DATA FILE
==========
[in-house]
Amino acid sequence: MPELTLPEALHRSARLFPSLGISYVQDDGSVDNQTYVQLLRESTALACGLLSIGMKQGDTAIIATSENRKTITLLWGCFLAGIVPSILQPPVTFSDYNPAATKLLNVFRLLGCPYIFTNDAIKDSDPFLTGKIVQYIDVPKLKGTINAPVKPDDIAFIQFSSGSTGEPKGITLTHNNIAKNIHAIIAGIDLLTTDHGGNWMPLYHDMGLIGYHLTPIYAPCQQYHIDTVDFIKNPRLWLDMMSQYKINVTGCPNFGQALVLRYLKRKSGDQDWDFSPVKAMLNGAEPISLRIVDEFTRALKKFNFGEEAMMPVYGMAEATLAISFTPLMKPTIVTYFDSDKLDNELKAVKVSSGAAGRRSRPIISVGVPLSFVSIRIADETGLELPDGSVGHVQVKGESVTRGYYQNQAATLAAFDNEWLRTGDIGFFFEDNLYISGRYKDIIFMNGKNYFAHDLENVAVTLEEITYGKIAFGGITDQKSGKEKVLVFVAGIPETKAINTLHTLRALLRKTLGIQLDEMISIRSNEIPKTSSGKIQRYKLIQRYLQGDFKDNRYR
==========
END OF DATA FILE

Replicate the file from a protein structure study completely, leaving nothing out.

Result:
[in-house]
Amino acid sequence: MPELTLPEALHRSARLFPSLGISYVQDDGSVDNQTYVQLLRESTALACGLLSIGMKQGDTAIIATSENRKTITLLWGCFLAGIVPSILQPPVTFSDYNPAATKLLNVFRLLGCPYIFTNDAIKDSDPFLTGKIVQYIDVPKLKGTINAPVKPDDIAFIQFSSGSTGEPKGITLTHNNIAKNIHAIIAGIDLLTTDHGGNWMPLYHDMGLIGYHLTPIYAPCQQYHIDTVDFIKNPRLWLDMMSQYKINVTGCPNFGQALVLRYLKRKSGDQDWDFSPVKAMLNGAEPISLRIVDEFTRALKKFNFGEEAMMPVYGMAEATLAISFTPLMKPTIVTYFDSDKLDNELKAVKVSSGAAGRRSRPIISVGVPLSFVSIRIADETGLELPDGSVGHVQVKGESVTRGYYQNQAATLAAFDNEWLRTGDIGFFFEDNLYISGRYKDIIFMNGKNYFAHDLENVAVTLEEITYGKIAFGGITDQKSGKEKVLVFVAGIPETKAINTLHTLRALLRKTLGIQLDEMISIRSNEIPKTSSGKIQRYKLIQRYLQGDFKDNRYR